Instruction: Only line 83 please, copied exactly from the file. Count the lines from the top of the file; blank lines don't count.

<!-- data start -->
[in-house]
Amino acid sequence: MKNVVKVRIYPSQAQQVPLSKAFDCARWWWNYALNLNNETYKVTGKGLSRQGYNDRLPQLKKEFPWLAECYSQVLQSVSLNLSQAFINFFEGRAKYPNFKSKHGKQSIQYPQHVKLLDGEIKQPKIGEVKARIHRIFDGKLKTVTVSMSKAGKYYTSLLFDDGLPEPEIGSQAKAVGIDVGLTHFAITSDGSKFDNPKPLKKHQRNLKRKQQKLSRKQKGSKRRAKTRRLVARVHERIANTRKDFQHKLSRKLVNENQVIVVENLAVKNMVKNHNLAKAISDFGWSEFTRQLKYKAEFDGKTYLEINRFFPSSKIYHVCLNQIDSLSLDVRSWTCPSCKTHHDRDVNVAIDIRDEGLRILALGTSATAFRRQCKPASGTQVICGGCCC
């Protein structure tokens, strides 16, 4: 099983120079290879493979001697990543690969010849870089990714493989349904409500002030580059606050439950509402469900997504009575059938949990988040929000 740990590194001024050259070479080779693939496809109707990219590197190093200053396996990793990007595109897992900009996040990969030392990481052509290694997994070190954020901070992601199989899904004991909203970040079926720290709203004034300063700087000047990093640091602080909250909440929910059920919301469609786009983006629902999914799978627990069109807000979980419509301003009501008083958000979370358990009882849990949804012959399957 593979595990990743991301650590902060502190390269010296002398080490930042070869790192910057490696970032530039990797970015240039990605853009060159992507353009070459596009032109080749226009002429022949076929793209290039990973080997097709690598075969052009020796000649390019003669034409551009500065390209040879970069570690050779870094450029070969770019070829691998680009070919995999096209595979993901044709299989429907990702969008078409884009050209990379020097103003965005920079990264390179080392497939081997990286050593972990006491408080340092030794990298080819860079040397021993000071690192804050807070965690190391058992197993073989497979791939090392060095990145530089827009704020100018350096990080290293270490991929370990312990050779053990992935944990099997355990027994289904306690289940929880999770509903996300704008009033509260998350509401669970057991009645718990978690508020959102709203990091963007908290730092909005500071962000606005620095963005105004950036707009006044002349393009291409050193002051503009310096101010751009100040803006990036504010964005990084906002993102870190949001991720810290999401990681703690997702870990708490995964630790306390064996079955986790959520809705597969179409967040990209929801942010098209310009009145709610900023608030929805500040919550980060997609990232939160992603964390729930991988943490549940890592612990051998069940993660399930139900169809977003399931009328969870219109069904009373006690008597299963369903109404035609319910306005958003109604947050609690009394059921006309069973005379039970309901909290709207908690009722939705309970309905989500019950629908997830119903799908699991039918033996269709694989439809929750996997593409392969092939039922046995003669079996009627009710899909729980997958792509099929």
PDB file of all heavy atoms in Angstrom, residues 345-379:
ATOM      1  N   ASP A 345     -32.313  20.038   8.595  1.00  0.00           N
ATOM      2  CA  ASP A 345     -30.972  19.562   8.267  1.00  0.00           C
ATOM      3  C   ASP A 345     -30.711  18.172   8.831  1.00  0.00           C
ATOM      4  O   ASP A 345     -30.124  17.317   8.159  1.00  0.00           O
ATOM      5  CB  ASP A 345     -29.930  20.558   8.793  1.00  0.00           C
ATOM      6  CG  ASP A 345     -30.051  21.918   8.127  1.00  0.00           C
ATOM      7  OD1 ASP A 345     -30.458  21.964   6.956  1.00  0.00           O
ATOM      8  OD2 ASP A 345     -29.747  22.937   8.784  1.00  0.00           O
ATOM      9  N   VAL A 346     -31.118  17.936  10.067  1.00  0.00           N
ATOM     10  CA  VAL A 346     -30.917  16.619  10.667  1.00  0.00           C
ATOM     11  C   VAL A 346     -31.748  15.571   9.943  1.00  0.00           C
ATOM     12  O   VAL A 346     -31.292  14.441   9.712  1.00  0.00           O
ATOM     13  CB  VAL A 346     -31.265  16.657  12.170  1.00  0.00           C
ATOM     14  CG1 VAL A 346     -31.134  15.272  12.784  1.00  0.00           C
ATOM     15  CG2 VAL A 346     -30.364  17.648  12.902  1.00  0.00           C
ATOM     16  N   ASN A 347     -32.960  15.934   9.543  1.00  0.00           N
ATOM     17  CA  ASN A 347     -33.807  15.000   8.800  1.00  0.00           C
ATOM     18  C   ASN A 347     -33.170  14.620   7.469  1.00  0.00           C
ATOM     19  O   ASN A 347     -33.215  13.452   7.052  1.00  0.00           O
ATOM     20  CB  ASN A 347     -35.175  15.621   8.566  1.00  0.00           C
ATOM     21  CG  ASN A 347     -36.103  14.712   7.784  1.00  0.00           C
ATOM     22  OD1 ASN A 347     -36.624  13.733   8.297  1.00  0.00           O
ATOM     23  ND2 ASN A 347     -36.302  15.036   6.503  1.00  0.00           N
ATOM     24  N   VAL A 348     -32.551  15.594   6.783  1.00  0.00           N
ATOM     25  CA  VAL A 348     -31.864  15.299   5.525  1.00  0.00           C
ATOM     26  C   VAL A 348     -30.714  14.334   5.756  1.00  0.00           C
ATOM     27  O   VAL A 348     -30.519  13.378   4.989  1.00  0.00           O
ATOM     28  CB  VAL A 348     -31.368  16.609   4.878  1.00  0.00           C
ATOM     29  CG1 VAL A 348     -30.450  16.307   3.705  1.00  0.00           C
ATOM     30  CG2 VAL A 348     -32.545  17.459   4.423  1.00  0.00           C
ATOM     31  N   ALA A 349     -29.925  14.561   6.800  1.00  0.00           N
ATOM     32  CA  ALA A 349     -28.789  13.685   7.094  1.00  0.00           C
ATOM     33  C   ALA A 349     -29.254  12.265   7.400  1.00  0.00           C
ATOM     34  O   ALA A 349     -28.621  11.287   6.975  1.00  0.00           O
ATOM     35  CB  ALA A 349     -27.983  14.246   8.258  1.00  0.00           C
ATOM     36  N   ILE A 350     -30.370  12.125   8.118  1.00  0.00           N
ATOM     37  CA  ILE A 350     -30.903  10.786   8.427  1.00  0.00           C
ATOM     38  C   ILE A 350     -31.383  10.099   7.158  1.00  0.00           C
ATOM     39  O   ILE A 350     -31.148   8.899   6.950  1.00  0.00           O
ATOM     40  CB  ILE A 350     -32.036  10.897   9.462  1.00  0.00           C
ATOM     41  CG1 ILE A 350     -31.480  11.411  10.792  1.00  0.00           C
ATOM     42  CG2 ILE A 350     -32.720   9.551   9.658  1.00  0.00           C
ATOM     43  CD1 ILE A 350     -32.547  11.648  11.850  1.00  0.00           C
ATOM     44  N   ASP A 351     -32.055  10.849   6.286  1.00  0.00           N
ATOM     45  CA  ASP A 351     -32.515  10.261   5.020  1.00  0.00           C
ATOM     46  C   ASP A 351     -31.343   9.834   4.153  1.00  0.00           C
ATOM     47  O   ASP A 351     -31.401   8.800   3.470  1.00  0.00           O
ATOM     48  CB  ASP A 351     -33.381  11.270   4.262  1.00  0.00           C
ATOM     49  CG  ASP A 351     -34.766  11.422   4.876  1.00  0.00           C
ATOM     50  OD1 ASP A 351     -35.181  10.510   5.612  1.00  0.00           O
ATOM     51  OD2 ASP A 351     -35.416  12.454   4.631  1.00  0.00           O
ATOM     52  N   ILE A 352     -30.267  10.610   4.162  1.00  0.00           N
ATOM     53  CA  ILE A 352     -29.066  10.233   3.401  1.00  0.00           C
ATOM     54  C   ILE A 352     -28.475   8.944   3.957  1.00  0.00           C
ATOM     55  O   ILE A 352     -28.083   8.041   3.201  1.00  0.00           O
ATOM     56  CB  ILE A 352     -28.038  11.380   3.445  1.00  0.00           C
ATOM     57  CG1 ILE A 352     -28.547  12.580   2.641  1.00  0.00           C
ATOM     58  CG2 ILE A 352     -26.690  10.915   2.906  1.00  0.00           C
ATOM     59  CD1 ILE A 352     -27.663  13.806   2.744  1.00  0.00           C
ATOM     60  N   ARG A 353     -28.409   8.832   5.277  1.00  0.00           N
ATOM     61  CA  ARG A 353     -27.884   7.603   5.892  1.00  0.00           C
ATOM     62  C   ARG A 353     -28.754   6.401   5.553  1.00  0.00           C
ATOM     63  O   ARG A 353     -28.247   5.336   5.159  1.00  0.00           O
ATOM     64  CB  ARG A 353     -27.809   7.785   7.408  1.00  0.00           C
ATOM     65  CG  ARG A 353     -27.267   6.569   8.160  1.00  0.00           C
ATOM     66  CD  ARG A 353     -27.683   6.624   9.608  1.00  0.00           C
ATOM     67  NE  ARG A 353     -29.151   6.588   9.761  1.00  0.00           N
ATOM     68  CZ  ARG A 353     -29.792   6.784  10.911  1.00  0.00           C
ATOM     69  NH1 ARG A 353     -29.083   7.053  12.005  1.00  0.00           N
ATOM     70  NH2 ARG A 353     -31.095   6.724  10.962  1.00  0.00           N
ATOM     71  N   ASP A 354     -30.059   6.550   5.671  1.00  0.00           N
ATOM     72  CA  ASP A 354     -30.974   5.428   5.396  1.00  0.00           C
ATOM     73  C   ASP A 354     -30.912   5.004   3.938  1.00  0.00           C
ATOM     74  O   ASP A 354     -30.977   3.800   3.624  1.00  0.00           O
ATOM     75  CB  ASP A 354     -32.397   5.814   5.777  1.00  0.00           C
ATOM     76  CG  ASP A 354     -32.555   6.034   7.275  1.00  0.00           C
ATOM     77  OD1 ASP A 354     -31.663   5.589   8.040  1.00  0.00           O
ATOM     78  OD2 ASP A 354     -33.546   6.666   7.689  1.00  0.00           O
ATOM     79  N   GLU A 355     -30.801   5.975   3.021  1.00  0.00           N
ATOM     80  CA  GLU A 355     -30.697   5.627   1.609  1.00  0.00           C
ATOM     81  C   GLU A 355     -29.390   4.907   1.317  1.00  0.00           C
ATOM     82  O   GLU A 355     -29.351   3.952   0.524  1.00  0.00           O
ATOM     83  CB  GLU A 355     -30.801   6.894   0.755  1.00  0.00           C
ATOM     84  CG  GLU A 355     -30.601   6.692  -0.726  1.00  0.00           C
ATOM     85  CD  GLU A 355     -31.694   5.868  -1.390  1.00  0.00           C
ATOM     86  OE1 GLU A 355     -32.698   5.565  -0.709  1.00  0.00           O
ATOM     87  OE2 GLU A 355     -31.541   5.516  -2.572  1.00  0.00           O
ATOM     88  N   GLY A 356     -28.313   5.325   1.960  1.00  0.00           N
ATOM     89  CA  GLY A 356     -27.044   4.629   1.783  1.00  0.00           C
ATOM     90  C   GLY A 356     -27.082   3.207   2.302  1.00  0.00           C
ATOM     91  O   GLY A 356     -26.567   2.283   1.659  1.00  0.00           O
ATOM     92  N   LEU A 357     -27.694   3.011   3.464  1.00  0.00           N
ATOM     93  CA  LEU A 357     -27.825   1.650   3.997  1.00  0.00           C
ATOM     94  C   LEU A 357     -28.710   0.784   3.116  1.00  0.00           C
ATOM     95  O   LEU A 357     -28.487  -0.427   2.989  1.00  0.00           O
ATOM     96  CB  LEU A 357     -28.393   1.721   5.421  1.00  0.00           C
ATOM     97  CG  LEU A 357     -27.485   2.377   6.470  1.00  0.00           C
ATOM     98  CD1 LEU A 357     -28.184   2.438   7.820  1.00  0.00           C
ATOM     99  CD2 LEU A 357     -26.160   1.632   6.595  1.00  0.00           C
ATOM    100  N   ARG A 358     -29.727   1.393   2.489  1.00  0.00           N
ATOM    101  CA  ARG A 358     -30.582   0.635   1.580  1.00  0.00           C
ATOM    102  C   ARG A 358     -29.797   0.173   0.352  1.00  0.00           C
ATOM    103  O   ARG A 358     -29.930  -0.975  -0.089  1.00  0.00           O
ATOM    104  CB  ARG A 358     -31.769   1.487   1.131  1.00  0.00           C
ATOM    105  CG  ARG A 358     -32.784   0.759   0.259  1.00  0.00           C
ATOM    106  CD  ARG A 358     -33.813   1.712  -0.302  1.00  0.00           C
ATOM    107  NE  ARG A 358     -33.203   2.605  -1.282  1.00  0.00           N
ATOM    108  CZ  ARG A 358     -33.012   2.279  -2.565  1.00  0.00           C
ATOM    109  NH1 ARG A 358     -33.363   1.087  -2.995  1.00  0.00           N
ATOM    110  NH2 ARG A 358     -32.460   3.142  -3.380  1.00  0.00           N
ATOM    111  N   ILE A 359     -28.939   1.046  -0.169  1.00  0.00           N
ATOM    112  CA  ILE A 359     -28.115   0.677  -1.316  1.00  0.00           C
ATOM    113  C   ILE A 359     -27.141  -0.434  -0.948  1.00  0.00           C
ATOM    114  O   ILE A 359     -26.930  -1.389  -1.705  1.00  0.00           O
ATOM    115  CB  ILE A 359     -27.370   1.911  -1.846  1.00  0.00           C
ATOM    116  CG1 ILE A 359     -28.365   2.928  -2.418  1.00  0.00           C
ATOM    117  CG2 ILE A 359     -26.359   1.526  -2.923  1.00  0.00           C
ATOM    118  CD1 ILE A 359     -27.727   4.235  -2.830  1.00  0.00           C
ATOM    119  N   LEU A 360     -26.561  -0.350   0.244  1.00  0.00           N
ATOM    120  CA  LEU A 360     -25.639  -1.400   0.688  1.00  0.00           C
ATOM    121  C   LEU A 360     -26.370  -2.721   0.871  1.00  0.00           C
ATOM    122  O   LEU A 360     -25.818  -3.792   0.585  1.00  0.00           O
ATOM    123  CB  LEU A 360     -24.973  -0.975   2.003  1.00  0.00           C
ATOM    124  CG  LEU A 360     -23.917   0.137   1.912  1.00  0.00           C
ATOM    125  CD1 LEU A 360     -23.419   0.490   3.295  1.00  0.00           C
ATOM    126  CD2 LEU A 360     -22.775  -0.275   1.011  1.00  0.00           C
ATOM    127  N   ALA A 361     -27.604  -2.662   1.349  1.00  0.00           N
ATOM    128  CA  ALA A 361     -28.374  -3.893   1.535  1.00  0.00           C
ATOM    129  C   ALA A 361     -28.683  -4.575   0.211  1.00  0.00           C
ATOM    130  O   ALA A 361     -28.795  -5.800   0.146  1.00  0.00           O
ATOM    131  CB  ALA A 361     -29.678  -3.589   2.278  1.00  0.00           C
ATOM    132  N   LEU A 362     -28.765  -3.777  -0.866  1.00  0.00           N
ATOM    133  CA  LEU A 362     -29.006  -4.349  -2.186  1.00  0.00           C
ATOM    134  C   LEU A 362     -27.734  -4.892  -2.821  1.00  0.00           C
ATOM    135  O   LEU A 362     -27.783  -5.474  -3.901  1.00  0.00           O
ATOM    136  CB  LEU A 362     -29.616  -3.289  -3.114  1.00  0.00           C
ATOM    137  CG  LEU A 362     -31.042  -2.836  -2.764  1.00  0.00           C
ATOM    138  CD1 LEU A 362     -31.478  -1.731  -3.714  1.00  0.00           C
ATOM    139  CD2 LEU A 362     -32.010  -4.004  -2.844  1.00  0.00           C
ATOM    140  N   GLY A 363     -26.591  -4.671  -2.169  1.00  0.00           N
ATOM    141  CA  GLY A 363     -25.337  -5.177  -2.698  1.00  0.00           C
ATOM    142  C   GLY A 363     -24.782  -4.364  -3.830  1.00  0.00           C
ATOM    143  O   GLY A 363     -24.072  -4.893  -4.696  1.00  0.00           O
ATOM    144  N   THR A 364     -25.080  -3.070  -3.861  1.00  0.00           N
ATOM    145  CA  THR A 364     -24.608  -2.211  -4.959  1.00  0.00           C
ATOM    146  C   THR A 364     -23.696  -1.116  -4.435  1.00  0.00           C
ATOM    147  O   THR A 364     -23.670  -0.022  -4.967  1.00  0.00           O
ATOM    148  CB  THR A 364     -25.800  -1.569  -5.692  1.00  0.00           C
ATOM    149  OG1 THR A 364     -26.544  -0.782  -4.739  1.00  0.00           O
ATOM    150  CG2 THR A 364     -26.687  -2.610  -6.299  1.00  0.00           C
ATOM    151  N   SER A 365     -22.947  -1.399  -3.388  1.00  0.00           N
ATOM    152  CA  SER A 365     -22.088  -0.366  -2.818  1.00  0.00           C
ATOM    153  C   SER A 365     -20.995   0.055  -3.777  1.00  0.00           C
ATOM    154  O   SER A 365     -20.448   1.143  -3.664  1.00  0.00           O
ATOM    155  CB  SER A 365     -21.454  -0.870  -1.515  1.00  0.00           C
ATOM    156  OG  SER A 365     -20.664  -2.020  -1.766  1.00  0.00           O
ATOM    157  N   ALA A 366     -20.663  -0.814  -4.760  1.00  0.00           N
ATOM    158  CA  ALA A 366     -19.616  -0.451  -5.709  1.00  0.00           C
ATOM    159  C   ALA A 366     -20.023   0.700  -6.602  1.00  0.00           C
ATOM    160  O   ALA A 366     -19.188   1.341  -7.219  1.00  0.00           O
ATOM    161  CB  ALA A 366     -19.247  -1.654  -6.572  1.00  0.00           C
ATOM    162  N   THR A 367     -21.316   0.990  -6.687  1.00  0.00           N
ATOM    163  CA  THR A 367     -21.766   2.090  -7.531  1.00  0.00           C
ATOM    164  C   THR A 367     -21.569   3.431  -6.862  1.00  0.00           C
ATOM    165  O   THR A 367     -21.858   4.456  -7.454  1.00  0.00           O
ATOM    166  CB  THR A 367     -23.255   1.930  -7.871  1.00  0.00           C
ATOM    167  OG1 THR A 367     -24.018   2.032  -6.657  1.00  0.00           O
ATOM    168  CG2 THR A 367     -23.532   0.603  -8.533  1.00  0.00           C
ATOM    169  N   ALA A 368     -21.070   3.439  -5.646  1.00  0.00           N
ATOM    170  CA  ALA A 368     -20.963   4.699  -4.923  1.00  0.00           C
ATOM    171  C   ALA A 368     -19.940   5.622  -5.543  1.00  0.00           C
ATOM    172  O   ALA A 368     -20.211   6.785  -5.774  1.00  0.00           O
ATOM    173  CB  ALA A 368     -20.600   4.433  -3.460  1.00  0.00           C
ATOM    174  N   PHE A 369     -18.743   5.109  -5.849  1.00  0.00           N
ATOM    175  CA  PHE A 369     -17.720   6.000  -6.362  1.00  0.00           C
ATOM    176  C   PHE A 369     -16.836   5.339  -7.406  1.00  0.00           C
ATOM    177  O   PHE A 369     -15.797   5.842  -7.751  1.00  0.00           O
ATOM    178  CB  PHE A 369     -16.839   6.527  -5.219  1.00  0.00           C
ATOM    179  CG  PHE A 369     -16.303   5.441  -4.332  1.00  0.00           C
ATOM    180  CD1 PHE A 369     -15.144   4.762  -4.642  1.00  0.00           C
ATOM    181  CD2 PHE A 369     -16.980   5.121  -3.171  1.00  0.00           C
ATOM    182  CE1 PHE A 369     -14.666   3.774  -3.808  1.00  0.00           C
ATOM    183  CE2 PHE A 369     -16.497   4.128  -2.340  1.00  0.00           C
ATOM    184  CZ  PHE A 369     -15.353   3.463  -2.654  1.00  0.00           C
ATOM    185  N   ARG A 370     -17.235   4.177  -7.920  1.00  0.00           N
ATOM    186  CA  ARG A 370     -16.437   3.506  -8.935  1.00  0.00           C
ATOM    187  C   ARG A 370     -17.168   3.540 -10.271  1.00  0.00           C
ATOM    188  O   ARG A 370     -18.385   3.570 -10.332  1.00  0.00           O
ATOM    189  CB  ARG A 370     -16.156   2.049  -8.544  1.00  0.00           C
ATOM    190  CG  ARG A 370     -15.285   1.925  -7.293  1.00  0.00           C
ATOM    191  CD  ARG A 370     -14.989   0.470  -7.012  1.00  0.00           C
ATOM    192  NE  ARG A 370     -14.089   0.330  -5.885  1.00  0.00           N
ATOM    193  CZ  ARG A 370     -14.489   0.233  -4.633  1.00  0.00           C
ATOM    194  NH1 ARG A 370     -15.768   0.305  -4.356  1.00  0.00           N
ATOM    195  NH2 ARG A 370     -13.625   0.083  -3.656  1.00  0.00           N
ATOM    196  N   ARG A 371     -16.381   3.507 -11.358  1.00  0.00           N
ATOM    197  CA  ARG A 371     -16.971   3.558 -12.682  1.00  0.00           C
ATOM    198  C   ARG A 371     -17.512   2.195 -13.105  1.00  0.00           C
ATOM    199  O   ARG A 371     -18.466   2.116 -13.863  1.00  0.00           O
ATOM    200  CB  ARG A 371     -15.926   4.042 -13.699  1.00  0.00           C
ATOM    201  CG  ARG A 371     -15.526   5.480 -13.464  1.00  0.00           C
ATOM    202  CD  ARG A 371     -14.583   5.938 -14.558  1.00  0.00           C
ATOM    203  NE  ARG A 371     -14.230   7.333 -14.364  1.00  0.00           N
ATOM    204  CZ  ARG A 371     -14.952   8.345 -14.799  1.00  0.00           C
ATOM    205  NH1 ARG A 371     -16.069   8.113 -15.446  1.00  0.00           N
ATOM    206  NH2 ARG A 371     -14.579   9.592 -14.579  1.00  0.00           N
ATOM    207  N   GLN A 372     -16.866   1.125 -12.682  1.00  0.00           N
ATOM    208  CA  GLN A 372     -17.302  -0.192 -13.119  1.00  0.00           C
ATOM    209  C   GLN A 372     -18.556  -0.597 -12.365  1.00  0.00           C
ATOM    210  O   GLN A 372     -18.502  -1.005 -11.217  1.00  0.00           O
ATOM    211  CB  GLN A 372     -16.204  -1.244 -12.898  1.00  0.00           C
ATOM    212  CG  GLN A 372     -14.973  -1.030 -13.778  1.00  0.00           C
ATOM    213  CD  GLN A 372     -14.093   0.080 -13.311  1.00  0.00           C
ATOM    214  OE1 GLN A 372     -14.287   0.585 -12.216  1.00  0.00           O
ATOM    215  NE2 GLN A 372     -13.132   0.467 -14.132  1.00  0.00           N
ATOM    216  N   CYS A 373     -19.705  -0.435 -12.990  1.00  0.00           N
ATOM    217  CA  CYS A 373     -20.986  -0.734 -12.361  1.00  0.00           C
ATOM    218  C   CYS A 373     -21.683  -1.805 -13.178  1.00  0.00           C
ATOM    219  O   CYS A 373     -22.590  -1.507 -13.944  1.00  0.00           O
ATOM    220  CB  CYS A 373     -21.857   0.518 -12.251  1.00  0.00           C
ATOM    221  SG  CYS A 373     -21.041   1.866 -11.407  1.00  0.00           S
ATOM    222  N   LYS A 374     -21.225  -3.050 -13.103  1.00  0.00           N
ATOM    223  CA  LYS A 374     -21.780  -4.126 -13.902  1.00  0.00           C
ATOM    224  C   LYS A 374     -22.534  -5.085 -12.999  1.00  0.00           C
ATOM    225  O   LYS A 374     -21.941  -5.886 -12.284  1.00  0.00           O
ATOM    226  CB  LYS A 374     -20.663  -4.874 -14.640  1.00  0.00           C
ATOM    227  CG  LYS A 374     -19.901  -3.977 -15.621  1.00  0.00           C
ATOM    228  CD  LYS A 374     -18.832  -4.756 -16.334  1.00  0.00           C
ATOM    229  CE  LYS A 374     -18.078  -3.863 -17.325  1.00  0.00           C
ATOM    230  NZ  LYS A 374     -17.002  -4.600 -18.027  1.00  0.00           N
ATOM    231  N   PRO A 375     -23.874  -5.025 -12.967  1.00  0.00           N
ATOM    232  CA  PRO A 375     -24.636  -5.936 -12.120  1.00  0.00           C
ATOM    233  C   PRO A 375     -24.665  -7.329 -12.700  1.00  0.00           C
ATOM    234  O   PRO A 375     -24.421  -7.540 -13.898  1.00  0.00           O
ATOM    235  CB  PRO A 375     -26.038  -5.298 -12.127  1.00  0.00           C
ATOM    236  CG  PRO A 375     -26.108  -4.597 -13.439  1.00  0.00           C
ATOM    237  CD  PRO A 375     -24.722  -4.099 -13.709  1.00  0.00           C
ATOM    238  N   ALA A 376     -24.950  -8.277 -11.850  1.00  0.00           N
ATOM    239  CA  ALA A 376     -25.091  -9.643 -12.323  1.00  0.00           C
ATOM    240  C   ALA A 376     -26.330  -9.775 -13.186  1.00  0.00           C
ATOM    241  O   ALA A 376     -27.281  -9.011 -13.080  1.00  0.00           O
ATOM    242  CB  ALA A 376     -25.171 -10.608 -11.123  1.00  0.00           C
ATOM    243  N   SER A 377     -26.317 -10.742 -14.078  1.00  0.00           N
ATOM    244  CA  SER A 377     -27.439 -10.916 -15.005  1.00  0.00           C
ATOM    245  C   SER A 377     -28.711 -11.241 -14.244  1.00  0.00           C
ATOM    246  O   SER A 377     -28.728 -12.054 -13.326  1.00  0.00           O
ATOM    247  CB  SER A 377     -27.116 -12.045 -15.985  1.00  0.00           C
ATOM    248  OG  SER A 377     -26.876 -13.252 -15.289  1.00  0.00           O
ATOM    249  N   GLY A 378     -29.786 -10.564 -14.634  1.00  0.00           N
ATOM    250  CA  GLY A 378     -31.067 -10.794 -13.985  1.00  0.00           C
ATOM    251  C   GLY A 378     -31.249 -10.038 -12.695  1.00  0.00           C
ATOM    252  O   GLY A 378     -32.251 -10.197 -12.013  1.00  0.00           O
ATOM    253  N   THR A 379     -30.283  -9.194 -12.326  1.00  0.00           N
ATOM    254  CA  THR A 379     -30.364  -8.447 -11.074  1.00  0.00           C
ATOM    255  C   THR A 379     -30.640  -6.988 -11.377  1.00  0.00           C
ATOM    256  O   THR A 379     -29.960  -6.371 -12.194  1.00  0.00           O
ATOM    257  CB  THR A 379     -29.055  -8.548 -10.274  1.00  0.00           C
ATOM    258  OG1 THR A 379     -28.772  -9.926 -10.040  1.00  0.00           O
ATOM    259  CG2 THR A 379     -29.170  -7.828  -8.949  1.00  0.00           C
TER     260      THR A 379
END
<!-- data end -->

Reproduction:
ATOM     79  N   GLU A 355     -30.801   5.975   3.021  1.00  0.00           N